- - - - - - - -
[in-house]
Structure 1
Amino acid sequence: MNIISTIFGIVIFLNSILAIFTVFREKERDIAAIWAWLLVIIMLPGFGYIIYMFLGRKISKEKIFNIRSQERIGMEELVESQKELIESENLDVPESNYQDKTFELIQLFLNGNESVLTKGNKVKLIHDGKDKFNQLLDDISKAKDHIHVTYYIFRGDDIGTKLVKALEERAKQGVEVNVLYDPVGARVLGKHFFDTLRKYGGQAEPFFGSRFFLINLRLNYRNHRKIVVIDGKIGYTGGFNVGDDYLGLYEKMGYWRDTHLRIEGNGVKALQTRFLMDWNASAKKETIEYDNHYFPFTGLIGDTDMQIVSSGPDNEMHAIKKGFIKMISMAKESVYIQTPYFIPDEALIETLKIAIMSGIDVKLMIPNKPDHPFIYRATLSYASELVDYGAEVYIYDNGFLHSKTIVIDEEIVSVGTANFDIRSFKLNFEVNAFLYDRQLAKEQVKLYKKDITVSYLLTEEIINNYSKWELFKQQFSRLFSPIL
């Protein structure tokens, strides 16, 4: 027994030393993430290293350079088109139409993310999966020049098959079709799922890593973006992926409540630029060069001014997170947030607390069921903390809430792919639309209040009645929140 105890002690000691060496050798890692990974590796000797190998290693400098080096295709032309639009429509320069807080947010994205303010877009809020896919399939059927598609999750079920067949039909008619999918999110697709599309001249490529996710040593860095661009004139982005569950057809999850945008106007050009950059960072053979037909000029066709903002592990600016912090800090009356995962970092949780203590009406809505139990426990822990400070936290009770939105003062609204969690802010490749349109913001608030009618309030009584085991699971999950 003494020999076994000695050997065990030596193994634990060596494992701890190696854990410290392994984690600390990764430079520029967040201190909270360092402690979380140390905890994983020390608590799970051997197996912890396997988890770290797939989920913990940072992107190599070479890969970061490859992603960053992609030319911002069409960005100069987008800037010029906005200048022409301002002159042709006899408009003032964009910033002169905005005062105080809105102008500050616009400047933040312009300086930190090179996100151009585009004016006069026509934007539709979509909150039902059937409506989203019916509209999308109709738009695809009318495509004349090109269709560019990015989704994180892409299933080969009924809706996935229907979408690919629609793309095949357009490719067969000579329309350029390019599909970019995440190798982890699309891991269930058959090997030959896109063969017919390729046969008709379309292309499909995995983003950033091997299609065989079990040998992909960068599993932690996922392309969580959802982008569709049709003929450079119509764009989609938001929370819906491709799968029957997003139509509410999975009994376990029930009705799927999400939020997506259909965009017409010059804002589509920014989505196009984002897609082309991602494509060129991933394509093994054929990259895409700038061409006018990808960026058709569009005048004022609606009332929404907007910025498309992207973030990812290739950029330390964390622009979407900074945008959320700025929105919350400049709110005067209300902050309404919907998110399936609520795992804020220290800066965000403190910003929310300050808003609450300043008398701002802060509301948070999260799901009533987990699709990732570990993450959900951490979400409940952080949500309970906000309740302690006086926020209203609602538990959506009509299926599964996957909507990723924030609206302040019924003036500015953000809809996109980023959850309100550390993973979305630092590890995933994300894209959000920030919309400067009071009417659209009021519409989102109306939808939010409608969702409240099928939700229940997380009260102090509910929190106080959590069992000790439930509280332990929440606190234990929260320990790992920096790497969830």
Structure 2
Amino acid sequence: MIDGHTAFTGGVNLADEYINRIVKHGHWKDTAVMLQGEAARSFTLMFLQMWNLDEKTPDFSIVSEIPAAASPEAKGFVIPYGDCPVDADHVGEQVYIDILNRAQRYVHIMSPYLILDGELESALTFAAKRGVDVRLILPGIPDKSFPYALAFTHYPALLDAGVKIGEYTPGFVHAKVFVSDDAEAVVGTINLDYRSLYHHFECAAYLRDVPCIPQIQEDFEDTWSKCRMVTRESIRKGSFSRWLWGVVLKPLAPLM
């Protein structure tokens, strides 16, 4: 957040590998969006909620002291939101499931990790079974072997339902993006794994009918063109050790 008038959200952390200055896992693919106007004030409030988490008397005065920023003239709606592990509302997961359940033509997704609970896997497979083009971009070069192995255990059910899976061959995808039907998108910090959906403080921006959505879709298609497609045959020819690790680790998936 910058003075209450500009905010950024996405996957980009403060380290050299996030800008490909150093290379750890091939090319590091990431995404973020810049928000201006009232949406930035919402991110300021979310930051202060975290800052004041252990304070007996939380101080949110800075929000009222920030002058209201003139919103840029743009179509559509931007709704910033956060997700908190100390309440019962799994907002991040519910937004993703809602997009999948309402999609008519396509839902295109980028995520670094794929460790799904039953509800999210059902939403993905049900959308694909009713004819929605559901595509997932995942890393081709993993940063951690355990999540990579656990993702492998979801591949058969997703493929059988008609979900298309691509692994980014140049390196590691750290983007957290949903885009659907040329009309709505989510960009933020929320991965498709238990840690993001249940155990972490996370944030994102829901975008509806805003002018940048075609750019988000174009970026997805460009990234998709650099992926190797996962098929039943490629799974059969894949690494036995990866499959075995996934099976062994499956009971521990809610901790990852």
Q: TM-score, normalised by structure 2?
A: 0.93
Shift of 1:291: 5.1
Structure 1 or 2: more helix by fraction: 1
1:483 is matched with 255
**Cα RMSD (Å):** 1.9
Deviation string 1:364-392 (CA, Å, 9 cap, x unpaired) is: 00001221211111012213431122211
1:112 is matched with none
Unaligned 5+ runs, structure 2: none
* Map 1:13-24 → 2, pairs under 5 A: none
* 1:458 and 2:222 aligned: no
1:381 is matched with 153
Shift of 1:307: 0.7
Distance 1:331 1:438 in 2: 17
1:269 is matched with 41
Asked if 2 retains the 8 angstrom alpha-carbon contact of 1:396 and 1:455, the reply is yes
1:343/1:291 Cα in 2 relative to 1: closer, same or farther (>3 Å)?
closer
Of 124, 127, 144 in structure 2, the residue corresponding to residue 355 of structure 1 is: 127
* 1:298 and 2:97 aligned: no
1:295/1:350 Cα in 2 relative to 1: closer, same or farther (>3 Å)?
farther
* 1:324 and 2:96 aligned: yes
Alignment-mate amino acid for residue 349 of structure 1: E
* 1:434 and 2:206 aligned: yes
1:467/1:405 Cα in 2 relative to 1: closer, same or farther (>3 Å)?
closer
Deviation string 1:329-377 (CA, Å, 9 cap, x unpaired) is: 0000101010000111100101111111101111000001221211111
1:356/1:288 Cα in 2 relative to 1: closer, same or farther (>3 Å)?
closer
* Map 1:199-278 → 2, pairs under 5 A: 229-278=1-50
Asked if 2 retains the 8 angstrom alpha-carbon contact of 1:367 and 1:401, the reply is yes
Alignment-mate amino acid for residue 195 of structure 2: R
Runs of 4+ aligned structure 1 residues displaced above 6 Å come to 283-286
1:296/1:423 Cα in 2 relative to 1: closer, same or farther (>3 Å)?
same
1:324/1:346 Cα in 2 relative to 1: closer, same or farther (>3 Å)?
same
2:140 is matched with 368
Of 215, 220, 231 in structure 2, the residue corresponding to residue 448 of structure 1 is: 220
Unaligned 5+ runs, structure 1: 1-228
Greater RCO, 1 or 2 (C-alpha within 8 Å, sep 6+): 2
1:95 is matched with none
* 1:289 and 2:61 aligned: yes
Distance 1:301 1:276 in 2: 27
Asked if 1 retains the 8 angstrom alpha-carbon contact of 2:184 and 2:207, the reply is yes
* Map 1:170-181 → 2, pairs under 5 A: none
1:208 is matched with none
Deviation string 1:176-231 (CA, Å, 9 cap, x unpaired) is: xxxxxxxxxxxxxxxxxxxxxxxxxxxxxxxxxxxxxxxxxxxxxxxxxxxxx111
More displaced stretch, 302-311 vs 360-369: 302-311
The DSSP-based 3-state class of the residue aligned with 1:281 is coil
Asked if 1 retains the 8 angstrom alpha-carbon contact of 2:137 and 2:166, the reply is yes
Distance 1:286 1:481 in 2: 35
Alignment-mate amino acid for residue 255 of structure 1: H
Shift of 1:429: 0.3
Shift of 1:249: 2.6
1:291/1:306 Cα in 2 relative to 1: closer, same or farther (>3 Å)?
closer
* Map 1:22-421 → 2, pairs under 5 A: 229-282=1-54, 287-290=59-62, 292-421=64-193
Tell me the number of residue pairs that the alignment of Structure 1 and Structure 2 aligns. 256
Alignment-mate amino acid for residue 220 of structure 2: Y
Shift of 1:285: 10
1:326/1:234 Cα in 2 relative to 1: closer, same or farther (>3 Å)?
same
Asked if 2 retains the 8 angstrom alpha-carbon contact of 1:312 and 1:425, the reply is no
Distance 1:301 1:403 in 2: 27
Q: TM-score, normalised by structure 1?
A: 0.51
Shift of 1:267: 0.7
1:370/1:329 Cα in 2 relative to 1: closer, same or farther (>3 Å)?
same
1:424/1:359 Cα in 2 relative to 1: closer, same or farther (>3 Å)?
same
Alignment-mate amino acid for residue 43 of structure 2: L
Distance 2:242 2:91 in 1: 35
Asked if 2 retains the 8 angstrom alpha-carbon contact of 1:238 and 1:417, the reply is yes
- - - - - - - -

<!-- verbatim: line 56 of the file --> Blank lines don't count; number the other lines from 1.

Deviation string 1:176-231 (CA, Å, 9 cap, x unpaired) is: xxxxxxxxxxxxxxxxxxxxxxxxxxxxxxxxxxxxxxxxxxxxxxxxxxxxx111